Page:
"Sire, any message…?" Dilios asked tentatively, looking into the eyes of his king, whom he knew he would never see again.

"For the queen." Leonidas finished the question, his voice heavy and resigned. His had went up towards his chest and came to rest on his wolf's tooth necklace. He gave it a pull and removed it, placing it in Dilios's hand. "None that need be spoken," he whispered.

Later that night, Dilios could not bring himself to sit amongst his comrades for the shame of being chosen to return home while the others were to stay and fight and most assuredly die. He sat far from the fire against the face of the stone quarry, his back to the other men, his hand over his newly empty left eye socket, thanking the gods for gracing him with a spare.

He suddenly heard the rustling of footsteps approaching, coming to a halt near him on his blind side. He turned his head swiftly to see Stelios taking a seat beside him. For a while, Stelios said nothing, his hands folded and his eyes downcast. Then, finally, he spoke, "Dilios…you are…returning to Sparta…"

"By the king's command," Dilios interjected immediately. "If it were my choice, I would stay here to fight and die at your side. It has ever been my wish to…"

"My friend…" Stelios said gently, placing a firm hand on his comrade's shoulder, "I have not come here to blame you, nor give you cause for regret or grief. I ask only that you hold your tongue and hear what I say."

Dilios nodded and turned to face Stelios.

"I'm listening."

Stelios folded his hands again, shut his eyes and inhaled sharply, held it, exhaled. Then, slowly, "The king asked you to deliver a token to his wife, the queen, did he not?"

Dilios looked up, a bit surprised. "What business is it of yours?"

Stelios ignored his friend's tone and continued. "What I have really come to ask is…would you deliver a message to my wife as well?" He looked up from his hands to meet Dilios's gaze, "Though I've always expected that I shall never see her again, there are things that I would rather not leave unsaid." Dilios beheld in Stelios's eyes something he had never seen before: desperation.

"My friend, you need not ask," he replied solemnly. "What is your message?"

Stelios's countenance relaxed, and as he lifted his gaze towards the night sky, Dilios thought he saw a the faintest of smiles shape his lips.

"Tell her…" he began, "tell her that I would forsake all honor, all glory in dying on the battle field if I could return to her, and die instead a wretched old man who had never seen battle, so long as she was by my side. That I would trade my name standing the test of time and history for eternity for just one more night in her arms…" his voice faltered, and he paused, his eyes scanning the sky as if what he wished to say was written in the stars.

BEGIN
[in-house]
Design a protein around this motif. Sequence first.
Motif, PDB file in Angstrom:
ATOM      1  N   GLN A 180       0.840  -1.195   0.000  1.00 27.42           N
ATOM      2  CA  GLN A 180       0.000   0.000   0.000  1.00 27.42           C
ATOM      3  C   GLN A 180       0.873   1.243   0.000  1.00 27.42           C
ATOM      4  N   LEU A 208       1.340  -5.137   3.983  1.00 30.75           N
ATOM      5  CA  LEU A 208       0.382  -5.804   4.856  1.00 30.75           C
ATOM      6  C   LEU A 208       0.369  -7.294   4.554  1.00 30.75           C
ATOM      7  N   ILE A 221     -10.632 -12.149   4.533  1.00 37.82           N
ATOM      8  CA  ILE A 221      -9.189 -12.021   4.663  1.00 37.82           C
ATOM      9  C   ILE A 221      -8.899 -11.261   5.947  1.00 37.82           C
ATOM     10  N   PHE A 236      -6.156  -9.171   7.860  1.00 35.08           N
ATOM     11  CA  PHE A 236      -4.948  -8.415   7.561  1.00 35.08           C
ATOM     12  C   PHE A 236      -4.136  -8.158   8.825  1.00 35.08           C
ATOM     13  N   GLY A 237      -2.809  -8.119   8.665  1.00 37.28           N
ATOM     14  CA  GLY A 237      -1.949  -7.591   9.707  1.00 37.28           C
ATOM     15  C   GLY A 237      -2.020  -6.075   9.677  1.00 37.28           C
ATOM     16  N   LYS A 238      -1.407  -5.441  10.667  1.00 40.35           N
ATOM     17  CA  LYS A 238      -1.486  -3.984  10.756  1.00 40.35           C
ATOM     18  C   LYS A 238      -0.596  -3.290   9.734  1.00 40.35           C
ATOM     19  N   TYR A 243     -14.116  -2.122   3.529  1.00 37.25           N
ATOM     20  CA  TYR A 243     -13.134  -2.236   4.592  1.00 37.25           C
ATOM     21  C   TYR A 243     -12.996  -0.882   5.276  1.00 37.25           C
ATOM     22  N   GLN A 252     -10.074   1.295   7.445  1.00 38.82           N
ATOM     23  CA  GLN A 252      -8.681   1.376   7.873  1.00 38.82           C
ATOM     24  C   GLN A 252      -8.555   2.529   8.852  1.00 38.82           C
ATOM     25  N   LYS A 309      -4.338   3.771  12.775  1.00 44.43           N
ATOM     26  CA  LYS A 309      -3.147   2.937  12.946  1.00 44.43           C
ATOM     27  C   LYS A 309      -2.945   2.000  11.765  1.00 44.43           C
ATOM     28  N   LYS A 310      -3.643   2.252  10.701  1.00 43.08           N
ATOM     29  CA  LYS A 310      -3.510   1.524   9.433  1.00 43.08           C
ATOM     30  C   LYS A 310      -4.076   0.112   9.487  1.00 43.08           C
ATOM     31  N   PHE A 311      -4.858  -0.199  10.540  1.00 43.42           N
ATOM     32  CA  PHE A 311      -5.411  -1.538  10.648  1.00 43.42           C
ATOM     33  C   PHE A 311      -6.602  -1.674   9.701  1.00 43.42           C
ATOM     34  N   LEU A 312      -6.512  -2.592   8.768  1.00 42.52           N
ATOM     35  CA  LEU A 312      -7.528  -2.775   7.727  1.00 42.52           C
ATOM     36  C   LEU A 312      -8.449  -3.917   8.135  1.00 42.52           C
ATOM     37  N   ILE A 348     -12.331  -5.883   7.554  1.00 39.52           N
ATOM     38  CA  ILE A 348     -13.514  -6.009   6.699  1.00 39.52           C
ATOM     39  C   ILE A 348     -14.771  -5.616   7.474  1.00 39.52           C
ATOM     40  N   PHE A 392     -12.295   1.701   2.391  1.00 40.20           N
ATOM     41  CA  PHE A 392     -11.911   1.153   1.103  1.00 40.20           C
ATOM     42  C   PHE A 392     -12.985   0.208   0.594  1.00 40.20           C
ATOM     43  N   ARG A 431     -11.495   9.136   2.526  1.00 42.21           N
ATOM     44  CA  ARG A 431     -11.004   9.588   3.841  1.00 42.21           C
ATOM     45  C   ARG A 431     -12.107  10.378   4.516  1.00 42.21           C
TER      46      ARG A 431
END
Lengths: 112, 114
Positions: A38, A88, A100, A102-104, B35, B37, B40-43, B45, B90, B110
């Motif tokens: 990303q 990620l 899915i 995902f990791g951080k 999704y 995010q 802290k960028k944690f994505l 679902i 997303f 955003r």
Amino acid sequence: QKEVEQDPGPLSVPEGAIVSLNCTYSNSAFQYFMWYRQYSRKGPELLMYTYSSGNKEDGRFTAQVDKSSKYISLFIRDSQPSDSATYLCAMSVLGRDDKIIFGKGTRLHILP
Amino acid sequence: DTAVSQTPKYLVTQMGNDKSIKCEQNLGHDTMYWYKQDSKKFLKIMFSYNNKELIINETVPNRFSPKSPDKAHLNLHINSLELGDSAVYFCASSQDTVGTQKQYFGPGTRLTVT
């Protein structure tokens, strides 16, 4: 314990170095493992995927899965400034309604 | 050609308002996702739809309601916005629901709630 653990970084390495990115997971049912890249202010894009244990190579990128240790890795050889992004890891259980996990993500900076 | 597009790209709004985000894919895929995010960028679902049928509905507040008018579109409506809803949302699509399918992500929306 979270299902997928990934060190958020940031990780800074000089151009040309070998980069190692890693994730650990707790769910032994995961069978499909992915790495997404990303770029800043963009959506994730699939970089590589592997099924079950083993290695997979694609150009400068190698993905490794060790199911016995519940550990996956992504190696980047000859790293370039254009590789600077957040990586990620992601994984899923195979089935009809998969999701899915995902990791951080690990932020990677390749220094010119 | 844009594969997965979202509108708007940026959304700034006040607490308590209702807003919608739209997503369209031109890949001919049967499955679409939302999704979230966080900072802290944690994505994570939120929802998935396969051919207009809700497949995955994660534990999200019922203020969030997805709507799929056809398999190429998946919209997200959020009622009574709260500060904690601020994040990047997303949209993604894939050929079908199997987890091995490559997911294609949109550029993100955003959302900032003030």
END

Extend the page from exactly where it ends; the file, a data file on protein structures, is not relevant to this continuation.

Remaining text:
Dilios stared at his comrade in disbelief, for he had never dreamed of hearing such a confession from such a fiercely proud man as Stelios.

Stelios cleared his throat and continued, "Tell her that I choose to die tomorrow rather than return to her warm embrace not for glory or honor, but for her. For her life, and the lives of our sons; so that they may be saved from the Persian hordes that threaten or borders."

When he turned back to meet Dilios's half-blind gaze, his eyes were glistening with tears that decades of training would never allow to fall.

"Dilios, tell her I love her," he whispered at last.

Dilios nodded firmly. He understood now. All of the renown in the world would have done precious little to comfort Stelios's grieving widow. Stelios remained, even in making his final request on this earth, unselfish.

"Consider it done, my friend."

The next morning, as Dilios set out on his long march back home, he turned for one final look at his brethren, and he wondered again, and not for the last time, why his life had been spared when all of those brothers, sons, fathers, and husbands marching towards glorious death had, each of them, something to live for.